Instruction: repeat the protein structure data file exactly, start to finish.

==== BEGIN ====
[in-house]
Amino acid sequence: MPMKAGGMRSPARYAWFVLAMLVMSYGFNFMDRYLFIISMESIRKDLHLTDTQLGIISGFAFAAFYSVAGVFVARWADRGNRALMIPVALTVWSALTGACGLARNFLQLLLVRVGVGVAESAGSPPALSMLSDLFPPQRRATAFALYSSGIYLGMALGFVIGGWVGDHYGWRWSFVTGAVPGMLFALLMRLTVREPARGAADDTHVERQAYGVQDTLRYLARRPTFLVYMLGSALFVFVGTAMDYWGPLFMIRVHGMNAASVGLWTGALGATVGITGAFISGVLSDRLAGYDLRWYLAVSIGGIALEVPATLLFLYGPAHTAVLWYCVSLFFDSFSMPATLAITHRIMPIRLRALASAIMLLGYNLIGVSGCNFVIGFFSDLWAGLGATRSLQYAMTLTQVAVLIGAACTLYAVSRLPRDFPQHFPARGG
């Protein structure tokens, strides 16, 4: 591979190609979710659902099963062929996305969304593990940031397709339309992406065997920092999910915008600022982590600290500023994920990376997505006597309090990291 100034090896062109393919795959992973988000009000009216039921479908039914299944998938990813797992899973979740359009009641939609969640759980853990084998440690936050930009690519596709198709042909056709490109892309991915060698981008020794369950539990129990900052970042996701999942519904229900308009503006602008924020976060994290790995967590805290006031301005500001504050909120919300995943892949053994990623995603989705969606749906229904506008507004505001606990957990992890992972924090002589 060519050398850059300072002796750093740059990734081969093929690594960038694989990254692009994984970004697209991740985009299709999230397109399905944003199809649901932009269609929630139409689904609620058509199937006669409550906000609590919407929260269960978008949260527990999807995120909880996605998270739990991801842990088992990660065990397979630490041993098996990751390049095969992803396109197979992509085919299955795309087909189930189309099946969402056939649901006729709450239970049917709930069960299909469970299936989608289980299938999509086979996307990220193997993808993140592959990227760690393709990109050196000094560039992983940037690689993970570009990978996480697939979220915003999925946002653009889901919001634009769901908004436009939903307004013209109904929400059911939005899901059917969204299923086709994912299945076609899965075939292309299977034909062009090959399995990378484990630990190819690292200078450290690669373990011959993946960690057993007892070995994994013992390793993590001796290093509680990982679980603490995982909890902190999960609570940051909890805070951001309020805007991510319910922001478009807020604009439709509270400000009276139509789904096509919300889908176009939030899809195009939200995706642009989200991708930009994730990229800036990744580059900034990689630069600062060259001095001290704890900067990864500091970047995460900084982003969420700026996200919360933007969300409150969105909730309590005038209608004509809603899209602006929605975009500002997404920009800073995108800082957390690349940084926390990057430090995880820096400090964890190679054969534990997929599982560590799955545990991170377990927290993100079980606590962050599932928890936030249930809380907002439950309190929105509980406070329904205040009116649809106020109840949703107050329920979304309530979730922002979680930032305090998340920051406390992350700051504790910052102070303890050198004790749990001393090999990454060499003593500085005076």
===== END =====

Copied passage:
[in-house]
Amino acid sequence: MPMKAGGMRSPARYAWFVLAMLVMSYGFNFMDRYLFIISMESIRKDLHLTDTQLGIISGFAFAAFYSVAGVFVARWADRGNRALMIPVALTVWSALTGACGLARNFLQLLLVRVGVGVAESAGSPPALSMLSDLFPPQRRATAFALYSSGIYLGMALGFVIGGWVGDHYGWRWSFVTGAVPGMLFALLMRLTVREPARGAADDTHVERQAYGVQDTLRYLARRPTFLVYMLGSALFVFVGTAMDYWGPLFMIRVHGMNAASVGLWTGALGATVGITGAFISGVLSDRLAGYDLRWYLAVSIGGIALEVPATLLFLYGPAHTAVLWYCVSLFFDSFSMPATLAITHRIMPIRLRALASAIMLLGYNLIGVSGCNFVIGFFSDLWAGLGATRSLQYAMTLTQVAVLIGAACTLYAVSRLPRDFPQHFPARGG
């Protein structure tokens, strides 16, 4: 591979190609979710659902099963062929996305969304593990940031397709339309992406065997920092999910915008600022982590600290500023994920990376997505006597309090990291 100034090896062109393919795959992973988000009000009216039921479908039914299944998938990813797992899973979740359009009641939609969640759980853990084998440690936050930009690519596709198709042909056709490109892309991915060698981008020794369950539990129990900052970042996701999942519904229900308009503006602008924020976060994290790995967590805290006031301005500001504050909120919300995943892949053994990623995603989705969606749906229904506008507004505001606990957990992890992972924090002589 060519050398850059300072002796750093740059990734081969093929690594960038694989990254692009994984970004697209991740985009299709999230397109399905944003199809649901932009269609929630139409689904609620058509199937006669409550906000609590919407929260269960978008949260527990999807995120909880996605998270739990991801842990088992990660065990397979630490041993098996990751390049095969992803396109197979992509085919299955795309087909189930189309099946969402056939649901006729709450239970049917709930069960299909469970299936989608289980299938999509086979996307990220193997993808993140592959990227760690393709990109050196000094560039992983940037690689993970570009990978996480697939979220915003999925946002653009889901919001634009769901908004436009939903307004013209109904929400059911939005899901059917969204299923086709994912299945076609899965075939292309299977034909062009090959399995990378484990630990190819690292200078450290690669373990011959993946960690057993007892070995994994013992390793993590001796290093509680990982679980603490995982909890902190999960609570940051909890805070951001309020805007991510319910922001478009807020604009439709509270400000009276139509789904096509919300889908176009939030899809195009939200995706642009989200991708930009994730990229800036990744580059900034990689630069600062060259001095001290704890900067990864500091970047995460900084982003969420700026996200919360933007969300409150969105909730309590005038209608004509809603899209602006929605975009500002997404920009800073995108800082957390690349940084926390990057430090995880820096400090964890190679054969534990997929599982560590799955545990991170377990927290993100079980606590962050599932928890936030249930809380907002439950309190929105509980406070329904205040009116649809106020109840949703107050329920979304309530979730922002979680930032305090998340920051406390992350700051504790910052102070303890050198004790749990001393090999990454060499003593500085005076």